Hodgson Sayers' Financial Director, Mike Wade, explains how this North East business is removing barriers which prevent older people from staying in the work place and how they have been part of the Fuller Working Lives partnership so far.
Can you introduce Hodgson Sayers’ story so far in the time it takes to make a cup of tea?
Billy Hodgson started the business in 1979 from his Mam’s house in Burnopfield, and nearly 40 years later we are still located within 3 miles of that start. Originally focussed locally on roofing works, over the years we have expanded the scope of operations to include building, maintenance, fencing and metal fabrication in response to the requirements of our client base.
How did you get involved with the Fuller Working Lives partnership?
In 2015 we were awarded the People Development Company of the year by the British Chambers of Commerce, and Small Business of the Year award from Constructing Excellence a month previously.
We understand that any business is reliant on the personnel within that organisation, and that sustainable success is best achieved by acquiring and then developing that talent. Our values are demonstrated by the number of former apprentices who hold senior management positions in the business, and signpost to all the career progression pathway open to all who can take this as far as they wish through the application of lifelong learning.
I was initially approached by the NELEP to speak at events, and have also represented Hodgson Sayers at a number of conferences and events from schools, careers and recruitment, to retirement and succession planning, truly an end to end experience!
What common themes have you dealt with in relation to retaining employees 50+?
The trade roles within construction have developed enormously over the last 30 years, particularly in the areas of developing and implementing safe working practices and the involvement of better trained Health & Safety representatives. As a result we find ourselves dealing with a runout of the legacy of the harsher physical environments experienced by those who are in the over 50 age bracket.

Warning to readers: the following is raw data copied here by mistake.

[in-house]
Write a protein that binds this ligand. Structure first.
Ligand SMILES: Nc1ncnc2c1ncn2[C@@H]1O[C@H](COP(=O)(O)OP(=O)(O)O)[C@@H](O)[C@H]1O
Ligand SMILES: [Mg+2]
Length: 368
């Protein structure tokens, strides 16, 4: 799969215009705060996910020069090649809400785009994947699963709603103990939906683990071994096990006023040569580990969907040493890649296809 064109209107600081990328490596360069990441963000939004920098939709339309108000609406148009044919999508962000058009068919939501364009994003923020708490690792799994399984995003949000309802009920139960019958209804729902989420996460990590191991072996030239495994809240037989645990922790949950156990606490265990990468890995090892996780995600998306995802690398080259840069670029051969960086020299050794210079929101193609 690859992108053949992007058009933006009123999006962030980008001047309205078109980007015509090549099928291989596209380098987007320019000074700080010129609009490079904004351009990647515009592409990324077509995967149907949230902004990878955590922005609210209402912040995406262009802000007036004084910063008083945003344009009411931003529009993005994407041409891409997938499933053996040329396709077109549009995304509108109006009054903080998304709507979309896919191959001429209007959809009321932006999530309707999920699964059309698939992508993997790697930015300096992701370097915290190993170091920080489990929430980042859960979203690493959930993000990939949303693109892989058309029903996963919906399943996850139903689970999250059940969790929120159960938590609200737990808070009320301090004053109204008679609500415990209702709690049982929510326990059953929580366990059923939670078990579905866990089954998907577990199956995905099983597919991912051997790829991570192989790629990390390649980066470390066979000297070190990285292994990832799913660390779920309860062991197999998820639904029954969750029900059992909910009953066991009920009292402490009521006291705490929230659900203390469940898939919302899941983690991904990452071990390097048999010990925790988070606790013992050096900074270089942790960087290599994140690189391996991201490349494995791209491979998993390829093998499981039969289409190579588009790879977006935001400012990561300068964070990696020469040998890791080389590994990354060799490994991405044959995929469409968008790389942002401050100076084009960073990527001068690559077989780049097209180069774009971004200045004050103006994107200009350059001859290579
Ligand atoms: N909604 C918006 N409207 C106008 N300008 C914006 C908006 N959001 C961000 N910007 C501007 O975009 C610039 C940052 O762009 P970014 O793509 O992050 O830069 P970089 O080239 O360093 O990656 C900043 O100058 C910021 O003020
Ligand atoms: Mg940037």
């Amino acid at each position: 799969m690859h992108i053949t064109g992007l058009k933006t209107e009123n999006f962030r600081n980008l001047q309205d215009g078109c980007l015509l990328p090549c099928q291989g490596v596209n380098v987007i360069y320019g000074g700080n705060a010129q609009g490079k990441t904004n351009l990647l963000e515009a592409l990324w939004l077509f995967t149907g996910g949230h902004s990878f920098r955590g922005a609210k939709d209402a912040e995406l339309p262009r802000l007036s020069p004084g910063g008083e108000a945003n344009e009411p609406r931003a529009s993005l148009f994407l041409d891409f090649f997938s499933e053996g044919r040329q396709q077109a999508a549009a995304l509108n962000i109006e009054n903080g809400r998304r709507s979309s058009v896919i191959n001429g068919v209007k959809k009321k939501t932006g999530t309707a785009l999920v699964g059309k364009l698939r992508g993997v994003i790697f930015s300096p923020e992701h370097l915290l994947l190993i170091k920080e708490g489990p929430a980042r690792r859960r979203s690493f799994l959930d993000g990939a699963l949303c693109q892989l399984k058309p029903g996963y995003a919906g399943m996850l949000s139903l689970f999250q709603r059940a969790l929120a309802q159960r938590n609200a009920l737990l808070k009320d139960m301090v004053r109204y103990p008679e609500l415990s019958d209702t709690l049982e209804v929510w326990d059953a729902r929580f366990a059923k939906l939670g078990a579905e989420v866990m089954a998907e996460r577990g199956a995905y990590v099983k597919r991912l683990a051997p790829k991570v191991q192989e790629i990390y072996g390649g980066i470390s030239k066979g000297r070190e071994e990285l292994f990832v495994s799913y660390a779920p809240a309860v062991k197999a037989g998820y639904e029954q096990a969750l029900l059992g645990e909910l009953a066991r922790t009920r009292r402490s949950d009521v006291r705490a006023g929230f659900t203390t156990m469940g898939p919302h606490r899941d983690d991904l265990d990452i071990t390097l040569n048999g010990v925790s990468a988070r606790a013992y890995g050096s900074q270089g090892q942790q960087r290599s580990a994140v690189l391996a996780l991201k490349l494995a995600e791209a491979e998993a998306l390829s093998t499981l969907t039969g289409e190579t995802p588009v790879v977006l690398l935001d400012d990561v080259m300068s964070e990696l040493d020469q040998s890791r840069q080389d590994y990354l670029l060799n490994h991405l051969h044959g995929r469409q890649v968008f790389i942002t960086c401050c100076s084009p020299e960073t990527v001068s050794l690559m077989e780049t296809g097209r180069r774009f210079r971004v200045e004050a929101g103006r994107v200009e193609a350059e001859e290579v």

From your experience, what support measures have proven most valuable for retaining older workers?
As part of our internal management procedures we use outside professional health consultants to manage and implement an occupational health review and management programme to identify and address health issues across our workforce as soon as possible, and to mitigate any longer term effects.
We have always encouraged all employees to update and improve their skill sets to match not only the ever-changing requirements “on the tools”, but also to enable through internal training to pass their skills and experiences to the younger team members as exemplars, role models and mentors. It should be stressed that these roles are not suitable in all cases, and any planning should account for the individual’s skills and abilities.
What’s next for Hodgson Sayers in terms of retaining and supporting older workers?
As a member of the targeted age group, I am very aware of the pressures and effects of aging, and whilst we believe that we are well placed to assist when intervention is needed and to provide the overt support and recognition of the needs of those of our workforce of all ages, this does not mean that we are complacent. We constantly monitor and review our strategies in line with the ever-evolving best practice scenarios. It is important to stress that Fuller Working Lives starts at the commencement of a career, ensuring that lifelong learning is not a set of words but implemented and encouraged which will enable all workers to enjoy a longer and more rewarding working life.